I am certainly no stranger to Germany; this is my fifth visit and my second time living here. But I have never actually been here in the fall, to see the leaves change and the weather go from balmy to brisk to freezing (and then repeat the pattern). Fall also happens to be my favorite season--I love the sweaters and boots, the cold sunshine, and even the rainy days don't bother me. They're just an excuse to put on a sweatshirt, watch a movie, and drink some cinnamon tea. But the best part of fall, in my opinion, is the food. Tis the season for hearty stews, root vegetables, butternut squash, Thanksgiving, and above all, pumpkin
. In the States, I've been known to do a little dance when Starbucks brings out its Pumpkin Spice Latte (in red Christmas cup!) every year around this time, and I can't get enough of it in soups, muffins, breads, you name it. Naturally I was hoping to continue the tradition of pumpkin-eating here in Germany, and lucky for me, pumpkins are sold at outdoor vegetable markets on practically every corner. But most recipes call for canned pumpkin, which apparently is utterly unknown on this side of the ocean. Shock! Dismay! Horror! So what's a resourceful girl to do? Make pumpkin puree, of course. It was a pain, trust me, but worth it. I made the most delicious cookies and scones out of that pumpkin. . .
My friends and I also decided to cook a vegetarian lasagna inside a pumpkin for dinner one night, which was an epic success (recipe here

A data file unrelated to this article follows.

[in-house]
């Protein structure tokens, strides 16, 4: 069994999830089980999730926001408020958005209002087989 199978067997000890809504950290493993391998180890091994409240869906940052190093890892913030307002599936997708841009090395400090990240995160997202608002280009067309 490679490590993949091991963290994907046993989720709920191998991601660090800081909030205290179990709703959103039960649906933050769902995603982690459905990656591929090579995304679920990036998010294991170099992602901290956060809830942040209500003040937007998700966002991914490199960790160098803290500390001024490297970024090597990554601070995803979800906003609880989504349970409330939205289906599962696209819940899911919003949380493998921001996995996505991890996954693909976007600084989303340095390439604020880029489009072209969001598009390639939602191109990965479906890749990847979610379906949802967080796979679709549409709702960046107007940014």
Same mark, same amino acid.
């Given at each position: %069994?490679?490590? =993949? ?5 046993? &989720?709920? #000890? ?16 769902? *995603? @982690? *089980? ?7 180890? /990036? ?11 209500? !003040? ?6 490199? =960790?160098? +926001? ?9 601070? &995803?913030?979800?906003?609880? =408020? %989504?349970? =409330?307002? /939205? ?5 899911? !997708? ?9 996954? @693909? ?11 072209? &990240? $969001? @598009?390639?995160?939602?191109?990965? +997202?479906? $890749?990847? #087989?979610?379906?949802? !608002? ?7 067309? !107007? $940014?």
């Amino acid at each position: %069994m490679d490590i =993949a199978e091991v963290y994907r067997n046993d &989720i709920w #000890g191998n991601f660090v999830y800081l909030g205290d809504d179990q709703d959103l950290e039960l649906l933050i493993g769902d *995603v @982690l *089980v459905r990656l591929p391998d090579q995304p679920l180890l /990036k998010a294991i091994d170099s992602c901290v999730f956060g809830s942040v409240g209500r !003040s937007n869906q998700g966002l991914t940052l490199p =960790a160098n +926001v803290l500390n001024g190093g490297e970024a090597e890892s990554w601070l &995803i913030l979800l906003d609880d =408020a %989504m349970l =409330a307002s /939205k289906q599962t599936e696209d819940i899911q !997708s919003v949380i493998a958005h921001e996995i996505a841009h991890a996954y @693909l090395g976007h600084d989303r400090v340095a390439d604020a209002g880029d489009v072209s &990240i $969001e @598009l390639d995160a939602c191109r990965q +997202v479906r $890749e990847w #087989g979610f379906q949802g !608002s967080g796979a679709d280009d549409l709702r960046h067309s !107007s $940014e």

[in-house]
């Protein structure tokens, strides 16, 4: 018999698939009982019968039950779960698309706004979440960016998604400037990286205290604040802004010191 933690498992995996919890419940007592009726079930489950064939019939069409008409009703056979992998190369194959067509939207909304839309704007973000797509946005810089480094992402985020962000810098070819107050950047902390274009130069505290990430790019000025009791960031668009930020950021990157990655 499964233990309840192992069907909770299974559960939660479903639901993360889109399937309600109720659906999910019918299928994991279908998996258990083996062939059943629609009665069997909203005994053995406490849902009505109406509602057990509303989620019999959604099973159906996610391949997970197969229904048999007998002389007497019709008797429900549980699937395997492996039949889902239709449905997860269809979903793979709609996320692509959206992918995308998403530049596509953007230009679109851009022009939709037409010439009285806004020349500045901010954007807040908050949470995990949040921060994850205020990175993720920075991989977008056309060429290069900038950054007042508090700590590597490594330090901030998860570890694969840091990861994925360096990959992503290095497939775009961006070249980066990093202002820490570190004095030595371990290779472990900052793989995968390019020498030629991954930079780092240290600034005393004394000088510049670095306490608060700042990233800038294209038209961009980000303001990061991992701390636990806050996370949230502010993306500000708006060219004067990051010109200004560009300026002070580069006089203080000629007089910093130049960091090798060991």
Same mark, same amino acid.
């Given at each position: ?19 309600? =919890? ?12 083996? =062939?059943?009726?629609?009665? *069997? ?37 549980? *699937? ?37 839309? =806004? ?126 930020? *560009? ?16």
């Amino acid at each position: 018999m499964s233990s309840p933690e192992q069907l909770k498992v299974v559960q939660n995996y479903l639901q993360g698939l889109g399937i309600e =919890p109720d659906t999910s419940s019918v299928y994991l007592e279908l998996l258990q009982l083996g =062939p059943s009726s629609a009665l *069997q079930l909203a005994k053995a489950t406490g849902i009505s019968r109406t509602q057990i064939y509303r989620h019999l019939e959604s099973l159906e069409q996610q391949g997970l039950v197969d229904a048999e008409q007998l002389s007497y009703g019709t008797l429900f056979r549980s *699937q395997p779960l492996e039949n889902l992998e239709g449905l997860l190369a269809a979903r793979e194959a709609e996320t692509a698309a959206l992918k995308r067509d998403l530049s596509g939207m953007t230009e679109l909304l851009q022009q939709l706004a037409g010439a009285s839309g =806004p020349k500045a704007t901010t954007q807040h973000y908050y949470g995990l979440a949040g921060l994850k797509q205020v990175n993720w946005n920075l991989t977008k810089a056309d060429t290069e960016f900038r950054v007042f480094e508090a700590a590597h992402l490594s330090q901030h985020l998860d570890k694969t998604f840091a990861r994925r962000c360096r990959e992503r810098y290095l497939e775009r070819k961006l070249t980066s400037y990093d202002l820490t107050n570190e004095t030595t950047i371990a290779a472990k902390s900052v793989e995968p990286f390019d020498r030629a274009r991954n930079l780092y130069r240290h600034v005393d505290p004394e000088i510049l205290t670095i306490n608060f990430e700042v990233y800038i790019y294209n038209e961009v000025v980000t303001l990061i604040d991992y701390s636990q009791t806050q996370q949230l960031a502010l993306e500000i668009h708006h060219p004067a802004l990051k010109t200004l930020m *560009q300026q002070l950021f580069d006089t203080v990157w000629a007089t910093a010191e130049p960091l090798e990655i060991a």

). If you're as into pumpkin as I am (or even if you're not!) check out these recipes for pumpkin chocolate chip cookies
or pumpkin scones
Some photographic evidence:
If your mouth's not watering yet, wait until you hear about one of the coolest fall traditions I've ever been a part of . . . The Besenwirtschaft. It is basically a tiny basement in a very old German home, open only from October through December, where the patrons sell their homemade wines (nine types) and delicious German food. The place only holds about 35 people, and in order to get a table you have to arrive ten minutes before it opens.
I am no wine expert, believe me, but what I have tasted in this place is the best I've ever had, without a doubt. My favorite thing on the menu is the prosecco, which pairs nicely with roasted pork and mashed potatoes, if I may be so bold as to make a recommendation. Last Friday night we spent a delightful several hours huddled in the corner of the basement, drinking and laughing and eating until we were so full we could hardly move.
Me and my friend Dan, excited about the Schweinebraten mit Kartoffelpuree:
The day after our lovely dinner at the Besenwirtschaft, my friend Gwen and I traveled to Meersburg to visit my Uncle Dieter and Aunt Bea, who live on Lake Constance in the south of Germany. We had a truly wonderful time sitting in their living room and talking about everything from my uncle's childhood to Gwen's year abroad in Switzerland to health care in America (oh, the controversy!). My aunt is an incredible cook, and we were treated to traditional Käsespätzle (the German version of a gourmet maccaroni and cheese, with caramelized onions on top) and several pieces of cherry-almond chocolate cake. Obviously, this week I've had to back off the eating a bit. :-)
At the end of the month, Dieter and Bea are going to Ethiopia for a two-week tour. I can't wait to hear about their adventure . . .
Stay tuned for that, as well as news of how my friends and I are celebrating our first Thanksgiving away from home (hint: more annoying pumpkin-pureeing and the German version of Apples to Apples), another visit to Regensburg, and my birthday trip to the Christmas markets of Vienna in December!
With my aunt and uncle in Meersburg: